Setting this expansion before the events of the base game gave 11 bit studios more room to explore Frostpunk's lore. "We've explored a lot of immediate survival stories in the four base scenarios and we felt like a change of pace was in order," Frostpunk project lead Jakub Stokalski says. "Frostpunk's lore resonated with a lot of people and it felt interesting to explore the events that led to the Fall. It's an interesting state of affairs, where on one hand—the old world order is still in place, but it's very much wobbling and some already know how it will end."

It's a peculiar feeling playing a scenario where you already know the melancholy outcome. It's an interesting peek into the state of the world before the winter apocalypse destroyed everything.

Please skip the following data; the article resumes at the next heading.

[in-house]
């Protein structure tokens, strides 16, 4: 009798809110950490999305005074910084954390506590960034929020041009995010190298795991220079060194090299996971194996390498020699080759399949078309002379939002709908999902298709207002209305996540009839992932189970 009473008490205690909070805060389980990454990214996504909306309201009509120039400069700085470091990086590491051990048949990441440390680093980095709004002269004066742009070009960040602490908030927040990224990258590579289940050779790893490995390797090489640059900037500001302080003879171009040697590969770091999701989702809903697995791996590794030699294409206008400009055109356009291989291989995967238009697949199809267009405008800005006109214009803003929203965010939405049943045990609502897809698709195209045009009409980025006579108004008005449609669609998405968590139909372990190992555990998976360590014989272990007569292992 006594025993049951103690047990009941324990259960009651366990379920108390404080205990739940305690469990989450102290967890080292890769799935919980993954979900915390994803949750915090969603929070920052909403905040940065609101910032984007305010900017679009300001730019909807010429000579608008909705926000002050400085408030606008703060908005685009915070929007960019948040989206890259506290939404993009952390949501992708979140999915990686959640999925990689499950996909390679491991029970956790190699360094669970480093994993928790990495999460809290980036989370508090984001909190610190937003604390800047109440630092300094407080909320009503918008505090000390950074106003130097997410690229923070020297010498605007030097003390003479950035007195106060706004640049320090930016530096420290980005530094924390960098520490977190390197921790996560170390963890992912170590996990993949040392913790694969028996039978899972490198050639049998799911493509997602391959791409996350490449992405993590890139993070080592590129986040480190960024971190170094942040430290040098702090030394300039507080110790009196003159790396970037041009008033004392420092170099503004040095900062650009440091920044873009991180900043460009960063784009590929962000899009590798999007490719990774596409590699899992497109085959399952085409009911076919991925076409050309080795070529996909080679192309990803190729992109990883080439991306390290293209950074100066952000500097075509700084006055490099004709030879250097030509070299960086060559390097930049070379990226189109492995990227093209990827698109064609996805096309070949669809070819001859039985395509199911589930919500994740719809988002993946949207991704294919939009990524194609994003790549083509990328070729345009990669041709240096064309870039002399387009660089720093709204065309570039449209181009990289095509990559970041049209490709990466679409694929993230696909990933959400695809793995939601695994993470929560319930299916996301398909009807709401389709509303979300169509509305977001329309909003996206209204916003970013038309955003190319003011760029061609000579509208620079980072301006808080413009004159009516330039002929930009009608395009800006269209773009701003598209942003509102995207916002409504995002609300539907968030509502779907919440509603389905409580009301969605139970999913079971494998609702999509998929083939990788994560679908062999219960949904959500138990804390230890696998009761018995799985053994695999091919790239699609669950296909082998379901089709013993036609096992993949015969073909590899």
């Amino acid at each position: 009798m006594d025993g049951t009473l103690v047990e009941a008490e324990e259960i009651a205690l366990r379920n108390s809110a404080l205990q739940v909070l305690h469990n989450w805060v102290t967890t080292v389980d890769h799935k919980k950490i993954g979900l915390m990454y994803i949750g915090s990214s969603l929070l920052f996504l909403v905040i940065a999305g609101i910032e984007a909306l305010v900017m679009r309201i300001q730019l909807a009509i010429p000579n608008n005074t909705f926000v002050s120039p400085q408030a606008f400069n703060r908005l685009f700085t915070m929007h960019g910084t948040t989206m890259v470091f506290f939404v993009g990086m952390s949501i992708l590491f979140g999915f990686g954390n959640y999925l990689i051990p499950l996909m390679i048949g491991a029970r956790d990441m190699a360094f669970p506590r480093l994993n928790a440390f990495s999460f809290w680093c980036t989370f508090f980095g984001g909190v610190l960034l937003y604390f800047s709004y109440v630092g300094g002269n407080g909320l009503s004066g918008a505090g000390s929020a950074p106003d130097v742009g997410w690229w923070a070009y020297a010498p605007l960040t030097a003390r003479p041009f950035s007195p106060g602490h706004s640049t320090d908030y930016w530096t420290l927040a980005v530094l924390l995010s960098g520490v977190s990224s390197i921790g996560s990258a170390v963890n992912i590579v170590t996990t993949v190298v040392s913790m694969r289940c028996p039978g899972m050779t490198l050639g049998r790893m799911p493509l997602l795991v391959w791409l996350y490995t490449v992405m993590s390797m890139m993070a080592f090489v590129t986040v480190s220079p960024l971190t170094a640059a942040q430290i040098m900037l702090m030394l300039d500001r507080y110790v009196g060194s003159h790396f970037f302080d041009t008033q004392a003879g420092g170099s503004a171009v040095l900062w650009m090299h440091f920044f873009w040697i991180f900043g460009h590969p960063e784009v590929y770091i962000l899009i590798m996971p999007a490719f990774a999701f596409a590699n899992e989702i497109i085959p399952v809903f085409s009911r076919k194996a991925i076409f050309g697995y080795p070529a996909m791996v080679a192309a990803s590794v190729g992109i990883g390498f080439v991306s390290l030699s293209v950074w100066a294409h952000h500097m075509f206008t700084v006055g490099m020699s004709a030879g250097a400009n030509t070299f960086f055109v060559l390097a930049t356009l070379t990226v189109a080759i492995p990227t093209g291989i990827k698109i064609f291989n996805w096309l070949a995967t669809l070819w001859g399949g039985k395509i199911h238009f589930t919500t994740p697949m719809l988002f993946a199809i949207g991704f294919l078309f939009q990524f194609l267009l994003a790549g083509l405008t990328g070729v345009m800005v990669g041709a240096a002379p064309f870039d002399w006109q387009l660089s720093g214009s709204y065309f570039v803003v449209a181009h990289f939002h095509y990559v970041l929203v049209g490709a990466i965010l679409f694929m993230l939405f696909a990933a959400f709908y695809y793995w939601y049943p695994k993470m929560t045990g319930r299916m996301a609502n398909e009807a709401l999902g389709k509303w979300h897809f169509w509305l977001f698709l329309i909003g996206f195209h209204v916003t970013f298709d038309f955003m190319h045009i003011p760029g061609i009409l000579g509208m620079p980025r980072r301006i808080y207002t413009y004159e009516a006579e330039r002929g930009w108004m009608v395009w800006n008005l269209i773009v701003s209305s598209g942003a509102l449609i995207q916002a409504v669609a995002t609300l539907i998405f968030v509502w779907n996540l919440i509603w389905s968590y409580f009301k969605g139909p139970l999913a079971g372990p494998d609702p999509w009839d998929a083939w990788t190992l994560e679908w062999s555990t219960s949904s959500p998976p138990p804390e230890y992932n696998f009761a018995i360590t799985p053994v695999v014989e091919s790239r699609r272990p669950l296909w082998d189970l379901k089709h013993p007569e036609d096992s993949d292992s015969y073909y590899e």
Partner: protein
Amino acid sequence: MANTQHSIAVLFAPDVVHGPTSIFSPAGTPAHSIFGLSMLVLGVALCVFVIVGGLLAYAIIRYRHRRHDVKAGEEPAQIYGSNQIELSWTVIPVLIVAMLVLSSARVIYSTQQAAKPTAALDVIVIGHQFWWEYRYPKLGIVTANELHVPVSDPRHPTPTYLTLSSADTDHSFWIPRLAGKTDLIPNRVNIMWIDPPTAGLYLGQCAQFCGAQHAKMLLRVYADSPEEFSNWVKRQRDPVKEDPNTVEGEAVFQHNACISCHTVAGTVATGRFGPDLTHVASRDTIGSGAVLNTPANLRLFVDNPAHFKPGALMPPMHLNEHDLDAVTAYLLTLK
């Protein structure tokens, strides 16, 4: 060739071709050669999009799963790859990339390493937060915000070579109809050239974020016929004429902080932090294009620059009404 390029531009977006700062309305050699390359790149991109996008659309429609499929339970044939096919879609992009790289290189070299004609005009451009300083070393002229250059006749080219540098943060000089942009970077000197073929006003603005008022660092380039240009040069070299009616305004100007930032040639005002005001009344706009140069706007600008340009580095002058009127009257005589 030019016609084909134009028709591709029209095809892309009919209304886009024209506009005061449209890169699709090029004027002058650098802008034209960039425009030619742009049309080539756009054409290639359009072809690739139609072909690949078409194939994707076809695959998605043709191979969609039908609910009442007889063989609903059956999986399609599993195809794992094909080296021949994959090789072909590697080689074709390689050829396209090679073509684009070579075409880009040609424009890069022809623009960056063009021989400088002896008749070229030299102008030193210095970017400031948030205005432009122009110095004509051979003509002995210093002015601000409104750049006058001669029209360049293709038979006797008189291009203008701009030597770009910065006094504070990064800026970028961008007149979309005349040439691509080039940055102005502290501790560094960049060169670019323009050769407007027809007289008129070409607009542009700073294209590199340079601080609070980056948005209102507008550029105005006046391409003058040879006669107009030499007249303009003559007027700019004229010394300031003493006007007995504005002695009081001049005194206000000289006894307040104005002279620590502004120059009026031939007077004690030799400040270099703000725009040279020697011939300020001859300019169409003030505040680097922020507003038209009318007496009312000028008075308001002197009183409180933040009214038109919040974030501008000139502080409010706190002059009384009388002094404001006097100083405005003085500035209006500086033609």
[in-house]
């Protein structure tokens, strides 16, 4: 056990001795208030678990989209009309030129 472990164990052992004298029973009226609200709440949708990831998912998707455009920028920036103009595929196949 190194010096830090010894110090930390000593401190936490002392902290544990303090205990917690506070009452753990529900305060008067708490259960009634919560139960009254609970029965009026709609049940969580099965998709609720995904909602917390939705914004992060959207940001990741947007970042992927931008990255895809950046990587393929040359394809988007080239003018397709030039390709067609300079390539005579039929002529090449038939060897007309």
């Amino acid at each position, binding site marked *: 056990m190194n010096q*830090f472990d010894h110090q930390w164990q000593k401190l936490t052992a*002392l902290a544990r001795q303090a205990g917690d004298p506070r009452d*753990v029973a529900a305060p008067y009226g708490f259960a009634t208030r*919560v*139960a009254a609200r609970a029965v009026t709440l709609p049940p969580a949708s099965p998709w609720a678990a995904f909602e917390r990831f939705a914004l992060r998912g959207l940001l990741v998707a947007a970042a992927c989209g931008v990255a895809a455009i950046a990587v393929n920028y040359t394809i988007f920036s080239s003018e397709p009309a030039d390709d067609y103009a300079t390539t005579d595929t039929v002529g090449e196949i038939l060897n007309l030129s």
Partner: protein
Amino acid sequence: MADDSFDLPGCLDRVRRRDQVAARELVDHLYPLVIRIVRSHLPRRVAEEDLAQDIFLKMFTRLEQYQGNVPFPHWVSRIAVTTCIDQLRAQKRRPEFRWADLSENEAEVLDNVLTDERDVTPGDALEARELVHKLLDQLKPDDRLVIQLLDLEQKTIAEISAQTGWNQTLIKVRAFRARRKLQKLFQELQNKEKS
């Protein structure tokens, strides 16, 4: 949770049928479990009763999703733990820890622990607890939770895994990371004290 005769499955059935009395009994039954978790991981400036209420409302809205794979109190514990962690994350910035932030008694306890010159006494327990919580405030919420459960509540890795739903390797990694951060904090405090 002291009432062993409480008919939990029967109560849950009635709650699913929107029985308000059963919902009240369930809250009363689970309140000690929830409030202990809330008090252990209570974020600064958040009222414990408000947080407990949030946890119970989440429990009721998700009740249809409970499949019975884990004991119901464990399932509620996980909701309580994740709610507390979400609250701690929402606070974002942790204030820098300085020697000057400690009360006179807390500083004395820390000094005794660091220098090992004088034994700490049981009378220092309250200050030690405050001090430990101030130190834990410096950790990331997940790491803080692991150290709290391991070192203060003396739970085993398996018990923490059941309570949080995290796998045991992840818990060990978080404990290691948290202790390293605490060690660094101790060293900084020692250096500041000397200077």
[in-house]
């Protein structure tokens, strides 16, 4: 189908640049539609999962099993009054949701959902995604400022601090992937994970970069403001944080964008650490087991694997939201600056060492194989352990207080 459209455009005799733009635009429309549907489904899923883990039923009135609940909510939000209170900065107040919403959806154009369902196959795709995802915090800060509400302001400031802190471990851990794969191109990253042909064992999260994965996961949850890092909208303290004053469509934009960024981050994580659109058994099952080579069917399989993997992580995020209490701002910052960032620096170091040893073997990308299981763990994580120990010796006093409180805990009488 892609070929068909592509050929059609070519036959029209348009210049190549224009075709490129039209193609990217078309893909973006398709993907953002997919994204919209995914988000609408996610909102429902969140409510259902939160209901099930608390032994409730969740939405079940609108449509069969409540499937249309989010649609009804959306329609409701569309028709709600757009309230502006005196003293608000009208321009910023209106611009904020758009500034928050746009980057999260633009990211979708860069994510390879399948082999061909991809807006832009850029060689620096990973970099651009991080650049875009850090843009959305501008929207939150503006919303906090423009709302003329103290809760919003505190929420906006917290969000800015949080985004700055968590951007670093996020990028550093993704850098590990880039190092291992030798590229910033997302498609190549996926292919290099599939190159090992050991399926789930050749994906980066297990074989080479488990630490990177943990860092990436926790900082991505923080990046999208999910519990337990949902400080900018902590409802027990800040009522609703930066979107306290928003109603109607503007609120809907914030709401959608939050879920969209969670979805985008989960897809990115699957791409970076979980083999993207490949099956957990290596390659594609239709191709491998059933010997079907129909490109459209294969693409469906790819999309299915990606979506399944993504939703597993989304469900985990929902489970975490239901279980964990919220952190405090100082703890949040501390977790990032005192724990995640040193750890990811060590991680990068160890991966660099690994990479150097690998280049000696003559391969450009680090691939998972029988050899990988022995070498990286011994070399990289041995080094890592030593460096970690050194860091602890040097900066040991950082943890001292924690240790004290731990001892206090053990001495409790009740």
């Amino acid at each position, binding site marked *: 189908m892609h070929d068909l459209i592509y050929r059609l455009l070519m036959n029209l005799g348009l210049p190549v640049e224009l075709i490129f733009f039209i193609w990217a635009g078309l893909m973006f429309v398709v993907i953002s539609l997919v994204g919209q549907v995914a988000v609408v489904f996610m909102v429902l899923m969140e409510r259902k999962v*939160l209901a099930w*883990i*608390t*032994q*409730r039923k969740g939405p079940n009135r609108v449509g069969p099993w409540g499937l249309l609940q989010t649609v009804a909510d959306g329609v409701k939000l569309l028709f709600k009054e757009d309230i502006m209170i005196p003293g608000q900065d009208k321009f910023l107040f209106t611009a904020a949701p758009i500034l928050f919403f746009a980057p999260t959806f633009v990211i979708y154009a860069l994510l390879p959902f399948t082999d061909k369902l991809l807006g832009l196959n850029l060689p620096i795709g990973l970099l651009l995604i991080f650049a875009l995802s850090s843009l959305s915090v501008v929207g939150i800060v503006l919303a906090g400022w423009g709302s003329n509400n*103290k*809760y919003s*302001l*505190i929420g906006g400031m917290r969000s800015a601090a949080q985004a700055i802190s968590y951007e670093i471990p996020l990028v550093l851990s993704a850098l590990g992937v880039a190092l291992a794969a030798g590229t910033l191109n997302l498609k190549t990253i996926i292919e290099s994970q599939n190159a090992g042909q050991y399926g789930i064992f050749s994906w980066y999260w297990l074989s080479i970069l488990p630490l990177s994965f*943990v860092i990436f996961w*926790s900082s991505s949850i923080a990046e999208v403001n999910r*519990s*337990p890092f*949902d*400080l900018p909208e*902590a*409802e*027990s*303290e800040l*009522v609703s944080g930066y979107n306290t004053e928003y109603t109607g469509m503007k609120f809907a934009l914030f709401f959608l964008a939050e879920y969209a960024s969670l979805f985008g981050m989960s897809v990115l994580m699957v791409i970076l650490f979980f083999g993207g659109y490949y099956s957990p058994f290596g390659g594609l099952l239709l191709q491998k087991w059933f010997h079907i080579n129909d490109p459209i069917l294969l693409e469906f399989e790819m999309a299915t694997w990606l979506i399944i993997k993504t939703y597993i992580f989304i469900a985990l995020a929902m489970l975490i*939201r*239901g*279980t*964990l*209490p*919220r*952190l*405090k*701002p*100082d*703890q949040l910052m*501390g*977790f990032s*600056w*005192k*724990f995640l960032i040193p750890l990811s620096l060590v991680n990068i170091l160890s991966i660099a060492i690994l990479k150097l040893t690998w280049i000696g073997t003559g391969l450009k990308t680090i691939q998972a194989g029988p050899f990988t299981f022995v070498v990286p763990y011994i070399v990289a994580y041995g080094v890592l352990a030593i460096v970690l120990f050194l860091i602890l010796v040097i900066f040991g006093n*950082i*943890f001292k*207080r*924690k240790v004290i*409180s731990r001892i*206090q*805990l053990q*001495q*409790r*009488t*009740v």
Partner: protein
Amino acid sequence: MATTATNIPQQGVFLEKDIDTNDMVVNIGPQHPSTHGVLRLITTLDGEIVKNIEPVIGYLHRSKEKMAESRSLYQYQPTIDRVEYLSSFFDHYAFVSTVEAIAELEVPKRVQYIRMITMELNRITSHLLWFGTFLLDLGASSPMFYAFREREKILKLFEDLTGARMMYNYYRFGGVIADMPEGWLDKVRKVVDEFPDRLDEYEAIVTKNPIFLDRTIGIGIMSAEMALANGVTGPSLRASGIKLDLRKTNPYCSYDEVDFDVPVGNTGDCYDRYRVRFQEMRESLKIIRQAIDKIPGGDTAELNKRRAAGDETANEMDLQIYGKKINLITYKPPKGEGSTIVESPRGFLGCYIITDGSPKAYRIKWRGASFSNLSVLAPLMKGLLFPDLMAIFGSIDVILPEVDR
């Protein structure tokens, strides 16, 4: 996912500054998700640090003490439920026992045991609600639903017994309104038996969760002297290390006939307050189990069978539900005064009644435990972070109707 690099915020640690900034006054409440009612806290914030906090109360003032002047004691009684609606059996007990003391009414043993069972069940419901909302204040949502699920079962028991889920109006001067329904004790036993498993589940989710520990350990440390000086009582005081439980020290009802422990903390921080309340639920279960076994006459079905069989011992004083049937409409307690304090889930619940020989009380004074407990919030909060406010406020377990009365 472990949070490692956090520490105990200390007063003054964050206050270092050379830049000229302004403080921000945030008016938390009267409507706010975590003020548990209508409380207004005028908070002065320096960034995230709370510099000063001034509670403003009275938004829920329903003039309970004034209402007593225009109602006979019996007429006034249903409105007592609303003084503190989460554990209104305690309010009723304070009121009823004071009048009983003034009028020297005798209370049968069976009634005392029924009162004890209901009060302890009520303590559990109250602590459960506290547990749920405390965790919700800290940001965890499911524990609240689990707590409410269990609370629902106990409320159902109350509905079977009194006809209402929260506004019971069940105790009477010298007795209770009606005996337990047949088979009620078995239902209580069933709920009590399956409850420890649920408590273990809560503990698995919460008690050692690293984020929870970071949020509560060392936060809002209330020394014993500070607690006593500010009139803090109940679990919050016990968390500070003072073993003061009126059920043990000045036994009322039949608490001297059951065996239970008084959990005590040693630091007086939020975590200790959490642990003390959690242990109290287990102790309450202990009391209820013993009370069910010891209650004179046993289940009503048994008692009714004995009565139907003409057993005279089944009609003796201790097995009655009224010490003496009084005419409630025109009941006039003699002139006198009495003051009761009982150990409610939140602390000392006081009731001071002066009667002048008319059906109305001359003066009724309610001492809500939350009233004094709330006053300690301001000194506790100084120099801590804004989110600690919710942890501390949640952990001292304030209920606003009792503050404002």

(Image credit: 11 bit studios)

Your camp is an outstretched arm of the British Empire, which sends you regular shipments of resources. Your settlement is placed somewhere that looks like the end of the world. The strained metallic noises of the generator are absent and have been replaced with the crashing of waves and caw of seagulls. Building a dock near the water's edge will allow British ships to supply you with one resource of your choice; coal, wood, or steel. Britain will even send you more workers, engineers, and steam cores for when your production line increases.